Counseling Services to Help with Addiction

Counseling Services to Help with Addiction

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A lot of people who are faced with the idea of getting clean and sober turn to counseling services as their solution. This can be a helpful step and can certainly benefit the addict or alcoholic in their journey of recovery, but I would caution everyone that counseling should be a supplemental recovery strategy and not a primary one. In other words, counseling should not be the only action you take in terms of your recovery. Nevertheless, it can still be very helpful.

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Let’s dig in and take a closer look.

Can counseling services help someone to recover?

Definitely. I experienced some real breakthroughs as a direct result of therapy in early recovery. The reason for this is because I had a counselor in long term treatment who was encouraging me to grow in certain ways.

For example, they were pushing me to go get a job, and also to go back to school, even though I was hesitating to do so at the time. Also, I was afraid of speaking in front of other people at the time, and my counselor pushed me to take action so that I could overcome this fear. Without this push from counseling, I doubt I would have taken these steps of growth because in all cases I was confronting fears that I did not want to deal with.

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Having a counselor did a few specific things for me in recovery:

1) Helped me to set goals.

2) Kept me accountable in terms of taking action on a weekly basis.

3) Pushed me to deal with issues that I normally would have avoided.

I think some people believe that if they go see the right counselor, that the person will be able to convince them to stop using drugs and alcohol, or that they can somehow steer them away from that sort of lifestyle. I don’t believe this is really possible. Instead, the counselor can best help when someone is already trying to help themselves.

What if someone is still in denial? Will counseling services still help?

In a word, no. I know this from first hand experience because I was encouraged to go to counseling when my drug and alcohol problem was just starting. While I could see that the counseling sessions might have been helpful to someone who was trying to recover, I had not yet made the core decision to do so yet. So none of my efforts (or that of my counselor) really mattered at all, because I was not ready to change yet.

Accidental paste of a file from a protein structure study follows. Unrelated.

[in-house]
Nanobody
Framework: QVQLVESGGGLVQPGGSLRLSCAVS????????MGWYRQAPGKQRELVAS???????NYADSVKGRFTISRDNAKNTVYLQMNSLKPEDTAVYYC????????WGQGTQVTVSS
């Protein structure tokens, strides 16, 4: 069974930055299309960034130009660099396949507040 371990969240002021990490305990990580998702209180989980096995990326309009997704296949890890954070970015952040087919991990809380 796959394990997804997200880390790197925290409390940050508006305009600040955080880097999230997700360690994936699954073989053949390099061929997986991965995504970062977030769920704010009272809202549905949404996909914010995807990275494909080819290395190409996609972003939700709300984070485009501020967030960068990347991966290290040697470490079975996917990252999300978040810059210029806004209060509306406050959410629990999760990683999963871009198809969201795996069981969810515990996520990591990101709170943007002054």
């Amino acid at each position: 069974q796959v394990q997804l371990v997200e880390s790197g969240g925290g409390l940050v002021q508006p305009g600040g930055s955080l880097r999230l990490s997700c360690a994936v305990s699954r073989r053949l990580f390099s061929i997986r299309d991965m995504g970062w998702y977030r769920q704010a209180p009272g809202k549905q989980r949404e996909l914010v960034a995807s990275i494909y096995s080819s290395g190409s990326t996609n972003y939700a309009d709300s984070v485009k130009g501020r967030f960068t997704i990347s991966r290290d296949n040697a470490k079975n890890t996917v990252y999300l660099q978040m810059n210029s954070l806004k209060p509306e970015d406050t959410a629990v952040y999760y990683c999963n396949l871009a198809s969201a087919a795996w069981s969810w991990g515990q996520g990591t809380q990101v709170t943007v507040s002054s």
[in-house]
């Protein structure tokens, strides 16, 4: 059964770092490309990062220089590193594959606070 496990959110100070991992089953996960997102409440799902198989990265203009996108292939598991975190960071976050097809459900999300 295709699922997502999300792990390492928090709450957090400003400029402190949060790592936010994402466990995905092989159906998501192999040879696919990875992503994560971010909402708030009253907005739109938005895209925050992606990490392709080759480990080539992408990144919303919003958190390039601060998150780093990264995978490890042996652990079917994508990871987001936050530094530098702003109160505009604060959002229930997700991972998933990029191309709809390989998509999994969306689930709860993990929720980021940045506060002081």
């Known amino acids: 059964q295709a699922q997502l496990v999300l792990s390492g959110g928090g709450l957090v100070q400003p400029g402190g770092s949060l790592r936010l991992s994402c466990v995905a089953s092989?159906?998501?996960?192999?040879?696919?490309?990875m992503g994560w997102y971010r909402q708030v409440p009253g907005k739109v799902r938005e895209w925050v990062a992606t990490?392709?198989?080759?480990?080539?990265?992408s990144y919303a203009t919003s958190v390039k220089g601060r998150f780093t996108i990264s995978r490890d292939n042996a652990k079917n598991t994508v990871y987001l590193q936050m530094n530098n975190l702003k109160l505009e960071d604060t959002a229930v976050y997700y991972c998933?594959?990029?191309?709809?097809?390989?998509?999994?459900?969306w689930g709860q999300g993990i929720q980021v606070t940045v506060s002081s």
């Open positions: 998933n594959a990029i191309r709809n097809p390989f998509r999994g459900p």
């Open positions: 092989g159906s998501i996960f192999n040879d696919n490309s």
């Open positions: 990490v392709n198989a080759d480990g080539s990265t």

It does not matter how good the counselor is or how strong a connection they make with the client….if the addict is not ready to surrender and learn a new way to live, then everyone is just wasting their time.

Counseling as a secondary strategy

Counseling services are a bit like coaching. If you attend a counselor or some therapy sessions, these should not be your main strategy for recovery. If you are addicted to drugs or alcohol, then you need to take other actions in order to establish a foundation of recovery in addition to counseling.

For example, you will need to find a way to connect and network with other peers in recovery if you are going to stay clean and sober. In early recovery, this is probably more important than getting help from a counselor.

Another example would be to compare counseling to long term treatment. Which do you think has more impact? The long term treatment, of course (which might even include counseling). Ultimately, living in a long term treatment center has a huge impact on a person’s life, whereas counseling might only take place for a few hours a week. It is worth pointing out that in early recovery, you will get better results from high impact recovery strategies. In other words, strategies that create major disruption in your life. Counseling does not really do that.

On the other hand, counseling services can work out great as a secondary, long term recovery strategy. Think of it as a personal coach for recovery to help you on your journey. In fact, the idea of counseling becomes more powerful in long term recovery, because our biggest obstacle we face then is complacency. So having someone who can help give us a gentle push towards continued growth can really make a big difference in terms of our long term recovery. If we stop growing or stagnate in our recovery, then we run the risk of relapse, even if we have been clean and sober for several years. Thus, some forms of counseling, therapy, or coaching can become a helpful strategy as we progress in our recovery.

 

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